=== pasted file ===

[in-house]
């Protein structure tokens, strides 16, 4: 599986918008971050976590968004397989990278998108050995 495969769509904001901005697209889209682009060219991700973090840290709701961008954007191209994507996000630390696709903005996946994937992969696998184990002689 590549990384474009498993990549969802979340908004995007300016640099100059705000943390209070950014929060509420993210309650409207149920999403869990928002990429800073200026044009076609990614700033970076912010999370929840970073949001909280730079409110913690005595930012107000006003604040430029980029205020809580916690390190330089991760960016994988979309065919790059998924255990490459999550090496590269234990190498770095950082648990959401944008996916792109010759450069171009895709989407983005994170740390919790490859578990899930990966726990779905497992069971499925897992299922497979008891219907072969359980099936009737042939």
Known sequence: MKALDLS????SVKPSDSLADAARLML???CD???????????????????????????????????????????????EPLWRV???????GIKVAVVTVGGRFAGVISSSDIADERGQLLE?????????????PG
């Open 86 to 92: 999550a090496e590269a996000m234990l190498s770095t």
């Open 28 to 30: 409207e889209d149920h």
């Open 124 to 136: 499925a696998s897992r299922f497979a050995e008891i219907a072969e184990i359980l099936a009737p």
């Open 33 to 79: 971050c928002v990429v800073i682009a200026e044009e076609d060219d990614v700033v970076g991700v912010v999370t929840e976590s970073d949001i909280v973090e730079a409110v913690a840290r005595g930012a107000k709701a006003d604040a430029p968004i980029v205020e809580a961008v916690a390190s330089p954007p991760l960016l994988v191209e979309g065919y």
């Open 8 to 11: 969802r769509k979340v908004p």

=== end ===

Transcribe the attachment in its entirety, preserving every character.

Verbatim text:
[in-house]
């Protein structure tokens, strides 16, 4: 599986918008971050976590968004397989990278998108050995 495969769509904001901005697209889209682009060219991700973090840290709701961008954007191209994507996000630390696709903005996946994937992969696998184990002689 590549990384474009498993990549969802979340908004995007300016640099100059705000943390209070950014929060509420993210309650409207149920999403869990928002990429800073200026044009076609990614700033970076912010999370929840970073949001909280730079409110913690005595930012107000006003604040430029980029205020809580916690390190330089991760960016994988979309065919790059998924255990490459999550090496590269234990190498770095950082648990959401944008996916792109010759450069171009895709989407983005994170740390919790490859578990899930990966726990779905497992069971499925897992299922497979008891219907072969359980099936009737042939």
Known sequence: MKALDLS????SVKPSDSLADAARLML???CD???????????????????????????????????????????????EPLWRV???????GIKVAVVTVGGRFAGVISSSDIADERGQLLE?????????????PG
């Open 86 to 92: 999550a090496e590269a996000m234990l190498s770095t």
């Open 28 to 30: 409207e889209d149920h």
């Open 124 to 136: 499925a696998s897992r299922f497979a050995e008891i219907a072969e184990i359980l099936a009737p």
């Open 33 to 79: 971050c928002v990429v800073i682009a200026e044009e076609d060219d990614v700033v970076g991700v912010v999370t929840e976590s970073d949001i909280v973090e730079a409110v913690a840290r005595g930012a107000k709701a006003d604040a430029p968004i980029v205020e809580a961008v916690a390190s330089p954007p991760l960016l994988v191209e979309g065919y």
């Open 8 to 11: 969802r769509k979340v908004p």